Sun, Jun 26, 2011 - Page 8 News List

Safeguarding Taiwan’s freedom

By Li Thian-hok 李天福

Even in the face of constraints on military spending, Gates said the US would find money for “air superiority and mobility, long-range strike capability, nuclear deterrence, maritime access, space and cyberspace, and intelligence, surveillance and reconnaissance, ... [to] address ... the prospect that new and disruptive technologies and weapons could be employed to deny US forces access to key sea routes and lines of communications.”

Supporting and cooperating with Japan and South Korea to maintain the peace and stability of East Asia is essential to the US military, economic and diplomatic presence in the region, but can this goal be achieved without preserving the “status quo” in Taiwan? As seen above, Beijing sees the conquest of Taiwan as the first step in its hegemony over Asia and ultimately dominance of the whole world.

Assuming that Washington has the wisdom to realize the importance of Taiwan’s freedom to peace and stability in East Asia and ultimately to the security of the US, what can the administration of US President Barack Obama do to preserve Taiwan’s de facto independence from the PRC?

First, the US should make clear its position that the so-called Republic of China (ROC) government on Taiwan has no legitimate claim to sovereignty over Taiwan and the Pescadores. The legal status of these islands is still in abeyance. In the 1951 San Francisco Peace Treaty, Japan gave up its title to Taiwan, but did not state to who the territories were ceded.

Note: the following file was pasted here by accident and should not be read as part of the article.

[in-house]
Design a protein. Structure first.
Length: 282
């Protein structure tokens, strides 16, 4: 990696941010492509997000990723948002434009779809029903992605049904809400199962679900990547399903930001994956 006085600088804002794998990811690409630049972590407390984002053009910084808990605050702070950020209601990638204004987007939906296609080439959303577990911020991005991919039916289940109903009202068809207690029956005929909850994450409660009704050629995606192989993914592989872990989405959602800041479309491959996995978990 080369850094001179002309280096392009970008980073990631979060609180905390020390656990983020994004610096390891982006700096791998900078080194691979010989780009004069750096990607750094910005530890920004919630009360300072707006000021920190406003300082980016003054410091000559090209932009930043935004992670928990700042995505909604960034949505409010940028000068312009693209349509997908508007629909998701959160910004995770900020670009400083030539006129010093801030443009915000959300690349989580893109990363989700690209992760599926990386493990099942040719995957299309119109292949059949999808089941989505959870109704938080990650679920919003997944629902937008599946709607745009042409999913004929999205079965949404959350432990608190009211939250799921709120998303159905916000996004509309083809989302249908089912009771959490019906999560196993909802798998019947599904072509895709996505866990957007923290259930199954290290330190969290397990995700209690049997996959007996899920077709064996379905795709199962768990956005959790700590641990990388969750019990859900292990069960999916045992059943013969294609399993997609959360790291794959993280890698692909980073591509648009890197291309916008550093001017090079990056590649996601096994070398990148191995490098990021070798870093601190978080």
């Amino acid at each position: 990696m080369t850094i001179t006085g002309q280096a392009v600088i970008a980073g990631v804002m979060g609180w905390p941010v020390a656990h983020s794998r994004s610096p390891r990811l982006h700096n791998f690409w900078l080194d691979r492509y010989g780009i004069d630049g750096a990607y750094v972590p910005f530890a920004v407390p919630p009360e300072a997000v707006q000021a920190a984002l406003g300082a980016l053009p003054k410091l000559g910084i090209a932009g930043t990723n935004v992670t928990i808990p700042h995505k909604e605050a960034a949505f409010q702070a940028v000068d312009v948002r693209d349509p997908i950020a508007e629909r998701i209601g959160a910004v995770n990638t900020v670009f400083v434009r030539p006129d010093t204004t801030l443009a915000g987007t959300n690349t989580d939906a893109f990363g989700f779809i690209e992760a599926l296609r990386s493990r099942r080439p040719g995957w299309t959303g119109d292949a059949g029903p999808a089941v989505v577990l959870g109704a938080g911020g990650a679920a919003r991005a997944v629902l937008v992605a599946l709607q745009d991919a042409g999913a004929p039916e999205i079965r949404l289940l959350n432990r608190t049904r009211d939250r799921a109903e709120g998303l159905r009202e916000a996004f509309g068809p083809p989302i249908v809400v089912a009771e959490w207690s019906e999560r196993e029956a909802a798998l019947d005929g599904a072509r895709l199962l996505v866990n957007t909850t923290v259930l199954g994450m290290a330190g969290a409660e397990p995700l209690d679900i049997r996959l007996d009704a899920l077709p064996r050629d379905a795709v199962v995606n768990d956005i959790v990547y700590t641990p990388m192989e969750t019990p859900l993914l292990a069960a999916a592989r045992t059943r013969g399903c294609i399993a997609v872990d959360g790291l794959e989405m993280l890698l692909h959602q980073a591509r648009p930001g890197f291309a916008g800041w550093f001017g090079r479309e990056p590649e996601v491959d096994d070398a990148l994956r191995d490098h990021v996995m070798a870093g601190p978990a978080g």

Some people argue that because the Taiwanese elect the President of the ROC directly, the ROC has gained sovereignty over Taiwan. This is not the case. The ROC is an exiled government of China, which is now ruled by the PRC government. What the Taiwanese voters confer on the ROC president is merely the power to administer the affairs of the island, not the authority to determine the legal status of Taiwan. That authority resides with the people of Taiwan, under the universally accepted principle of self--determination. So a referendum on the future of Taiwan cannot be conducted by the ROC government, under a law of its creation. The ROC is an alien government, imposed on the Taiwanese by coercion, including a 38-year period of martial law. The democratization of the island has not changed that fact.

Second, Washington should reiterate its policy that the future of Taiwan must be resolved peacefully and with the express assent of the Taiwanese people. To this end, the US needs to consider organizing a consortium of disinterested nations to conduct and supervise a referendum so Taiwanese can freely choose their destiny without any domestic or outside pressure. The US has a moral obligation to intercede in this fashion because it was the US which liberated Taiwan from Japanese colonization in 1945.

Third, the Obama administration should work with the US Congress to speed up the sale of F-16C/D aircraft and other weapons useful in resisting a PLA invasion of Taiwan. Approval of such weapons sales may not help to prevent Taiwan’s fall, if the KMT chooses to surrender Taiwan before the end of next year. However, such action will send a message to Beijing that Washington intends to abide by the Taiwan Relations Act (TRA) and that the US has decided not to let the 23 million Taiwanese people fall under the CCP’s repressive rule. It will also boost the morale of the Taiwanese to continue fighting for their freedom.

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